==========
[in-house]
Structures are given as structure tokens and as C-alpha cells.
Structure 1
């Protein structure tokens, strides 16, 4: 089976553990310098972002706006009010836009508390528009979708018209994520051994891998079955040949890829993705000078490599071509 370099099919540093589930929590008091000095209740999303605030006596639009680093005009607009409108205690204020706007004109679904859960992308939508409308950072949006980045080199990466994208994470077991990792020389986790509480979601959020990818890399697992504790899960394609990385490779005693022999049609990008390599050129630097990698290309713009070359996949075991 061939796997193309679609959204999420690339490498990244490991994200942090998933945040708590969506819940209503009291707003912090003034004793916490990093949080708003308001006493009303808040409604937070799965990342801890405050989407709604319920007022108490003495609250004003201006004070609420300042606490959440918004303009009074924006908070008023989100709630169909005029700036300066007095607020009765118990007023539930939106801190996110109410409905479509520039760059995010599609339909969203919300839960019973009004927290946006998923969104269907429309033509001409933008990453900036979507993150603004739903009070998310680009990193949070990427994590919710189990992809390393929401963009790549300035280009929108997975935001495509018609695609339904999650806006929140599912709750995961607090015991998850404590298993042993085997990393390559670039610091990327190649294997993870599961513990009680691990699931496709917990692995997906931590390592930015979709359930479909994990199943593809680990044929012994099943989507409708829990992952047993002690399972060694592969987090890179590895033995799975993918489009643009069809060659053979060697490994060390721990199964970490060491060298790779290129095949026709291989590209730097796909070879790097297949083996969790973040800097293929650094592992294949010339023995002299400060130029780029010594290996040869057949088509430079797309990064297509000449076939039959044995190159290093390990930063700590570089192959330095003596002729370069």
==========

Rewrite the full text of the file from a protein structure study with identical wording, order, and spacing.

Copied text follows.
[in-house]
Structures are given as structure tokens and as C-alpha cells.
Structure 1
């Protein structure tokens, strides 16, 4: 089976553990310098972002706006009010836009508390528009979708018209994520051994891998079955040949890829993705000078490599071509 370099099919540093589930929590008091000095209740999303605030006596639009680093005009607009409108205690204020706007004109679904859960992308939508409308950072949006980045080199990466994208994470077991990792020389986790509480979601959020990818890399697992504790899960394609990385490779005693022999049609990008390599050129630097990698290309713009070359996949075991 061939796997193309679609959204999420690339490498990244490991994200942090998933945040708590969506819940209503009291707003912090003034004793916490990093949080708003308001006493009303808040409604937070799965990342801890405050989407709604319920007022108490003495609250004003201006004070609420300042606490959440918004303009009074924006908070008023989100709630169909005029700036300066007095607020009765118990007023539930939106801190996110109410409905479509520039760059995010599609339909969203919300839960019973009004927290946006998923969104269907429309033509001409933008990453900036979507993150603004739903009070998310680009990193949070990427994590919710189990992809390393929401963009790549300035280009929108997975935001495509018609695609339904999650806006929140599912709750995961607090015991998850404590298993042993085997990393390559670039610091990327190649294997993870599961513990009680691990699931496709917990692995997906931590390592930015979709359930479909994990199943593809680990044929012994099943989507409708829990992952047993002690399972060694592969987090890179590895033995799975993918489009643009069809060659053979060697490994060390721990199964970490060491060298790779290129095949026709291989590209730097796909070879790097297949083996969790973040800097293929650094592992294949010339023995002299400060130029780029010594290996040869057949088509430079797309990064297509000449076939039959044995190159290093390990930063700590570089192959330095003596002729370069």